Package bombs, poisonings, and other attacks are nothing new, and organizations like the ATF and FBI report on such events regularly. Through the work of these organizations—and others like them—we have put together a step-by-step plan to make sure that your organization is resilient against the threat of suspicious packages.

What to look for

Due to the nature of suspicious packages, they often don’t look like official or expected mail. For example, keep an eye out for misspellings or distorted handwriting on labeling, which indicate unfamiliarity with the subject. There might not be a return address, an indicator that the sender doesn’t want to be identified or doesn’t expect the package to be returned. Sometimes, even the way in which the parcel is packaged (if done sloppily or with excessive tape, for example) can indicate that something is wrong with that piece of mail.

Graphic showing suspicious packages that points out what to look for

Other signs that can help identify dangerous packages are:

  • Oily stains or discoloration
  • Strange odors
  • Exposed aluminum foil or wires
  • A rigid, bulky, or unevenly-weighted package
  • Excessive weight for the size of the parcel
  • A ticking noise or other unexpected sounds
  • Restrictive markings like “Personal,” or “Do not X-ray”
    meant to discourage further investigation
  • Incorrect titles, names, or postmark
  • A strange return address
  • Threatening language
  • Excessive postage or packaging

Knowing these signs is vital to protecting you and your people from suspicious packages. If you or any of your people encounter any such characteristics, it’s crucial to have a plan in place to make sure that everyone stays safe.

What to do when you encounter a suspicious package

graphic showing suspicious packages and describes what to do, and what not to do with them.

If you or anyone at your business is suspicious of a package, here’s what experts recommend:

  • Handle with care—Place the package in a plastic bag to contain it.
    DO NOT open the package! Handle it as gently as possible.
  • Avoid using electronics—Do not use cell phones or other
    electronics near the package.
  • Evacuate the area—Evacuate everyone from the room in which you’re keeping the package, suspicious letter, or delivery. Leave the room and close the door.
  • Turn off equipment—Shut down all equipment and HVAC systems in the immediate area to limit the spread of any hazardous substances.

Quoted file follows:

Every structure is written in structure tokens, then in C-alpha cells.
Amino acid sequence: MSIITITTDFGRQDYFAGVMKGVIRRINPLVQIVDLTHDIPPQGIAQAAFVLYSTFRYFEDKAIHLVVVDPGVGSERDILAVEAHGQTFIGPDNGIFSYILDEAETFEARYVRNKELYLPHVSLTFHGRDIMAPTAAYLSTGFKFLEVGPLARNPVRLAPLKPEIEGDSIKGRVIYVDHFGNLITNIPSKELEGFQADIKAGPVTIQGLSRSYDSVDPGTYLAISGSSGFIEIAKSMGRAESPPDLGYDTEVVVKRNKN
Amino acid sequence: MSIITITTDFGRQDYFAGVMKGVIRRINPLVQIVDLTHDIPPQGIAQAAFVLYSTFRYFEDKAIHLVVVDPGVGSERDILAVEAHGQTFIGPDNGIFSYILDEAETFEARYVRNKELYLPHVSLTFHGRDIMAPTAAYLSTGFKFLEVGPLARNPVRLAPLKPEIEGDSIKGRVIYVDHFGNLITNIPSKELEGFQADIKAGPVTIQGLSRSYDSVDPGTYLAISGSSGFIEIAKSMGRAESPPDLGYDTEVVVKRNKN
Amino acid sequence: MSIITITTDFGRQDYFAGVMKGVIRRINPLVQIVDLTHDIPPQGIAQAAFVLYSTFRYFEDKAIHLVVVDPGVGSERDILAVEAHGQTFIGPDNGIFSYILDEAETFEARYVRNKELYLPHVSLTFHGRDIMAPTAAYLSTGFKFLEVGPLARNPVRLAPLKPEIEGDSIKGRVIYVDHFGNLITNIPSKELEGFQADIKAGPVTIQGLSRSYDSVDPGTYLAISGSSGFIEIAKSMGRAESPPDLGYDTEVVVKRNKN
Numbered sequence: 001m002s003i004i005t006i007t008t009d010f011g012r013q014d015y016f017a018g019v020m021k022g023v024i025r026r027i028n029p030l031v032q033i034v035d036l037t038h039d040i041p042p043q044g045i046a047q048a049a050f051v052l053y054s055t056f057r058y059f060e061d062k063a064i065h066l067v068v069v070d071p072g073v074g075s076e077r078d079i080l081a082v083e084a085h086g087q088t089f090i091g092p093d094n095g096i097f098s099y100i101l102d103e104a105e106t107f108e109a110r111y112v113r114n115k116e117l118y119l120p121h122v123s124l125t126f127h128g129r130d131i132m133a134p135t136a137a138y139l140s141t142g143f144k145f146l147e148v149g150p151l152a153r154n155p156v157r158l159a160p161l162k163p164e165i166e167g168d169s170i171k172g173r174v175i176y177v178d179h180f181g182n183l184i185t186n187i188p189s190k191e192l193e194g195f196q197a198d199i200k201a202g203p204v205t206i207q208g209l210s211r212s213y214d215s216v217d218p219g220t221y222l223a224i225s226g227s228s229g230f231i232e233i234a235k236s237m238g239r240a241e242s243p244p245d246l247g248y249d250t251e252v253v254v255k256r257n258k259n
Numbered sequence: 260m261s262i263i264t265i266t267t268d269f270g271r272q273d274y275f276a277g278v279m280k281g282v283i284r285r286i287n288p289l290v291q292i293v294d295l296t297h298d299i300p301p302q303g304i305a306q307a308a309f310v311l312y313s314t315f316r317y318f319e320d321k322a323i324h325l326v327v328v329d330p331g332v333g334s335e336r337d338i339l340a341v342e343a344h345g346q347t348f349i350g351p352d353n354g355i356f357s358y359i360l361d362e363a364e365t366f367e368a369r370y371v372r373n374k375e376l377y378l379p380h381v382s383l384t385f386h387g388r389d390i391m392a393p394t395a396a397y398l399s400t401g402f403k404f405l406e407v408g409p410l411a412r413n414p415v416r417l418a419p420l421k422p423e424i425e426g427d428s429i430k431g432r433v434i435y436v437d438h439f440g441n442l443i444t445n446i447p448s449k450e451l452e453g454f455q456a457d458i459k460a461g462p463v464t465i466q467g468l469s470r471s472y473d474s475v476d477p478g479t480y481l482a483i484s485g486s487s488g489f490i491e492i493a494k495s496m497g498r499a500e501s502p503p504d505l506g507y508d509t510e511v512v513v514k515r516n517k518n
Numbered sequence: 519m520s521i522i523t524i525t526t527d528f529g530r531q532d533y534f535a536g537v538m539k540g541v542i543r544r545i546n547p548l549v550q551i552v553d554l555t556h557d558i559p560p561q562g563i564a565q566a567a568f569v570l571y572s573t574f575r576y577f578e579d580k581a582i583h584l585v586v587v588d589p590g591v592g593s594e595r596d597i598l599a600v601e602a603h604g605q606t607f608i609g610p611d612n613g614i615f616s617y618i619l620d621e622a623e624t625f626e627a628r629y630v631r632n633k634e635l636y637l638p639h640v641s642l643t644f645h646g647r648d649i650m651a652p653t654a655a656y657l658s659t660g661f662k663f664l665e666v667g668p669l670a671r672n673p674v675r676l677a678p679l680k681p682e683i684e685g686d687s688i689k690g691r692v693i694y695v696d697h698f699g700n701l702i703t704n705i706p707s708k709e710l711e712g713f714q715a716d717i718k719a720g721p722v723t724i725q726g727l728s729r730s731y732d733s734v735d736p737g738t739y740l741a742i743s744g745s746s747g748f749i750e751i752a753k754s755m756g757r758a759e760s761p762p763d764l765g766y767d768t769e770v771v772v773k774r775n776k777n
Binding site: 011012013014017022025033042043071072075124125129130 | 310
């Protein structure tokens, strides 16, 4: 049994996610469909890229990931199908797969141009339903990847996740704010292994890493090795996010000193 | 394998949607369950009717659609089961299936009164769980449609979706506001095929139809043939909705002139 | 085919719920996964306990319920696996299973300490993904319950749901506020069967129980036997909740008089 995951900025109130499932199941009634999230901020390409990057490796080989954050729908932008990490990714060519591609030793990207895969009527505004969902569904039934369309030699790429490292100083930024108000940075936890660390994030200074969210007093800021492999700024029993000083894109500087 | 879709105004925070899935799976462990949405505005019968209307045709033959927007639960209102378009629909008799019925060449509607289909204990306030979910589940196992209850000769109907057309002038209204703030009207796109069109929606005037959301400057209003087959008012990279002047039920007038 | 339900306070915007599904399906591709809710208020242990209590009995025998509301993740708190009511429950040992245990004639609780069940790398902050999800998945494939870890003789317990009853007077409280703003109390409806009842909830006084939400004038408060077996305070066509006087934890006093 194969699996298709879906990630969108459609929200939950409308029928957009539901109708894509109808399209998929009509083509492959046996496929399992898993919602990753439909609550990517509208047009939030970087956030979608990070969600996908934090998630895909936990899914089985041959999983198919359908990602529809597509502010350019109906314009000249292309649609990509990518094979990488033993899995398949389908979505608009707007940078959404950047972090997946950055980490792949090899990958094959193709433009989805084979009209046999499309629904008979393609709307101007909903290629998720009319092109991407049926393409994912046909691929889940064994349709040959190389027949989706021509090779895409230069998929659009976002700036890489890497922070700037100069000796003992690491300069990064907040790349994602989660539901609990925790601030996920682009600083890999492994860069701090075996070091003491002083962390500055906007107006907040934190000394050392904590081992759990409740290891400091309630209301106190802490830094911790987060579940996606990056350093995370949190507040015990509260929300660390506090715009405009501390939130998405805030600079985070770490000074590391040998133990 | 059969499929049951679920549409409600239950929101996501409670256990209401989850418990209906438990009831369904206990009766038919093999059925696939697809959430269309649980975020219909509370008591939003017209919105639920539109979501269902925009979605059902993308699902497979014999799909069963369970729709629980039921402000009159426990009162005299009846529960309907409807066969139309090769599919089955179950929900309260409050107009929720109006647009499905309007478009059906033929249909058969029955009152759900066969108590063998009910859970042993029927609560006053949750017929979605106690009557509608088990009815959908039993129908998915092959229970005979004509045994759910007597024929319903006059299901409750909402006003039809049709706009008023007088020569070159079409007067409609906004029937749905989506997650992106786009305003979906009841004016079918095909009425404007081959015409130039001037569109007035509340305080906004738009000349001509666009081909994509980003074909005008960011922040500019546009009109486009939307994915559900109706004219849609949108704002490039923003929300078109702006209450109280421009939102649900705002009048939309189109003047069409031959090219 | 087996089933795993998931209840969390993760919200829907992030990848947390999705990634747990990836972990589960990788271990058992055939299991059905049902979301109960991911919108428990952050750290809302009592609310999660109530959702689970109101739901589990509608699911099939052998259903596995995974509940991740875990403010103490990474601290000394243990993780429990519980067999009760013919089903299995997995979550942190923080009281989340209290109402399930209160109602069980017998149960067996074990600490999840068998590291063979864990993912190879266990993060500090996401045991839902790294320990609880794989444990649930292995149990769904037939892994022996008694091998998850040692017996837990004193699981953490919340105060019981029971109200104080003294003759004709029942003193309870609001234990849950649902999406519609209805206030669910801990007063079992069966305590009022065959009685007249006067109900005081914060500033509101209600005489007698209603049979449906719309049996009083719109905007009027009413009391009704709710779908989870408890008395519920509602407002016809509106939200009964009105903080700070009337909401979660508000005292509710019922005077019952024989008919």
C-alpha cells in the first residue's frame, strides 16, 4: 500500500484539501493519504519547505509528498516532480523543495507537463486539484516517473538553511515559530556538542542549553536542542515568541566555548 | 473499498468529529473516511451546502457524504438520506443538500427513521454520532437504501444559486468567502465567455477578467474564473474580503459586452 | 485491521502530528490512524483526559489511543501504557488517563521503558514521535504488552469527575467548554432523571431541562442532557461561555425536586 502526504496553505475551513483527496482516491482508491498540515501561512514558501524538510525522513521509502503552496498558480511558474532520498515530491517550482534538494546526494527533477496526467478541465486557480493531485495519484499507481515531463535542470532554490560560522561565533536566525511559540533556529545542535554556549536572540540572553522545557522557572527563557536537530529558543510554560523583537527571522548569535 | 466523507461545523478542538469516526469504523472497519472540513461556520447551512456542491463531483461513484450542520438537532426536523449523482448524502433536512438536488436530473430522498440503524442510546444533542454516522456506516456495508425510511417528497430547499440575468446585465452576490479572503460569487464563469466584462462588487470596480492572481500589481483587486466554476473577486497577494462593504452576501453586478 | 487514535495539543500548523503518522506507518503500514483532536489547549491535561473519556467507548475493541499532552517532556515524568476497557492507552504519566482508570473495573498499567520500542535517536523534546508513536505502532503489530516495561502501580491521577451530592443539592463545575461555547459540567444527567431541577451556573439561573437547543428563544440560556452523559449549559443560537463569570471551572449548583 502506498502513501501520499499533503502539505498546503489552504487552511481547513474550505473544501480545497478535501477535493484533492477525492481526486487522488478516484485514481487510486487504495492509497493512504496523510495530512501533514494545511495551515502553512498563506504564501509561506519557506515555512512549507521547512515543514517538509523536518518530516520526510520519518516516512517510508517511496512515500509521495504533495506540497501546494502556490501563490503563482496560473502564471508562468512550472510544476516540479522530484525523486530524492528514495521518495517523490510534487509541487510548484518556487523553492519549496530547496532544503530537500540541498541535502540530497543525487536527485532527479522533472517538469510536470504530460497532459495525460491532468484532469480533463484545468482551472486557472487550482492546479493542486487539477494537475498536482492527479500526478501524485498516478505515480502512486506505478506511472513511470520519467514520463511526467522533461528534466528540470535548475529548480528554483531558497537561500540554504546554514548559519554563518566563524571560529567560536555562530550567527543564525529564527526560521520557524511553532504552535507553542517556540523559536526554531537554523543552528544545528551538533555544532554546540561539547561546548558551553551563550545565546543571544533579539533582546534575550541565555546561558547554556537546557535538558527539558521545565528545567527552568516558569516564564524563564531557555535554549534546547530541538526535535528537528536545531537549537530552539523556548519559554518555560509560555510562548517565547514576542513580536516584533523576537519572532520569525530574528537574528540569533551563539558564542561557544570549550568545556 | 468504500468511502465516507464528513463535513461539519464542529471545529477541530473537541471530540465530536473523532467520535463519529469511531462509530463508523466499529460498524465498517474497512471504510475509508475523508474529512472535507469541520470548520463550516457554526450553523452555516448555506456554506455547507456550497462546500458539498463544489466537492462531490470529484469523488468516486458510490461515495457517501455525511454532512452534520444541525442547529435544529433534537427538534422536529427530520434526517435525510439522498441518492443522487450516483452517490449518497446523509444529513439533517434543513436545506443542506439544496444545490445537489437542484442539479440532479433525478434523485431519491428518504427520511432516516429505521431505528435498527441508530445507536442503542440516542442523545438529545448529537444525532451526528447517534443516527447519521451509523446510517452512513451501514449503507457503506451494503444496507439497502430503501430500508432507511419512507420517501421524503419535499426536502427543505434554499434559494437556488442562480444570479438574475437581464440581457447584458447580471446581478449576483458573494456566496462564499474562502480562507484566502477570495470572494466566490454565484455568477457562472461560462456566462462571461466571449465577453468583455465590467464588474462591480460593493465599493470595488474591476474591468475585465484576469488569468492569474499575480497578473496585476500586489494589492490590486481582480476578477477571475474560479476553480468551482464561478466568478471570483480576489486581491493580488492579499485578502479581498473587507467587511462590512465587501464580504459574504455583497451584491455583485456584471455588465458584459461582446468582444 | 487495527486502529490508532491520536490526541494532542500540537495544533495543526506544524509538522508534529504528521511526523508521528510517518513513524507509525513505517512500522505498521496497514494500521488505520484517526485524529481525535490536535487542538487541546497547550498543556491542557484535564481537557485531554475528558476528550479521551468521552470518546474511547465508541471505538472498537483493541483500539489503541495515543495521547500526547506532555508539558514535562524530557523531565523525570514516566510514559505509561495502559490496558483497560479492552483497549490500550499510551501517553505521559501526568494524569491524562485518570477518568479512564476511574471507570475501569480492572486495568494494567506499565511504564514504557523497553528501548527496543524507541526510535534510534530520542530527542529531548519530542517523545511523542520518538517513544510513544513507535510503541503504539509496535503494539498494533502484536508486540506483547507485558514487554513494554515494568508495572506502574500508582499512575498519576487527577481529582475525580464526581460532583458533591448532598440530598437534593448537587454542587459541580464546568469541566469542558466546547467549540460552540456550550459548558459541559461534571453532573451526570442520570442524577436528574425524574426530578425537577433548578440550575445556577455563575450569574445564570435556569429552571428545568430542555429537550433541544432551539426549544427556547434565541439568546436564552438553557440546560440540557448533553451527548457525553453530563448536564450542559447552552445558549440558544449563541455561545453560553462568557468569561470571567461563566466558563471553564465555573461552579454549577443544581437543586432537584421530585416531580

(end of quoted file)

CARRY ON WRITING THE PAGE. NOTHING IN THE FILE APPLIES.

• Alert others—Alert anyone at risk of the package threat and inform them of buildings and workspaces to avoid.
  • Make note of close contacts—Take note of everyone who came into contact with the package. Keep this list handy for emergency responders.
  • Wash your hands and avoid touching your face to prevent any contaminating substances from reaching your eyes.
  • Notify your organization’s safety and facilities leaders as well as the police department.

These precautions are general guidelines, but it’s important to update your emergency preparedness plans and create a procedure that is more specifically catered to your business in order to respond effectively. Below, we’ll cover how to do so.

Creating a Suspicious Package Plan for Your Business

Brainstorm with your team

If a suspicious package finds its way to your door or desk, you need to have a plan already in place that will give you actionable guidance. In order to personalize your response, you should have stakeholders from your team put their heads together so that all potential risk factors are covered. Ask them what kind of qualities might indicate a suspicious package for your specific business. Consider anyone who might be motivated to send hazardous mail, or specific risk factors such as recent events that have put your company in the spotlight. Then you must develop procedures you could employ to respond appropriately. All of these steps will help you create an emergency response plan unique to your business and the threats in question. Be sure to include expert third-party advice such as that from the Homeland Security and Emergency Management Agency to cover all of your bases.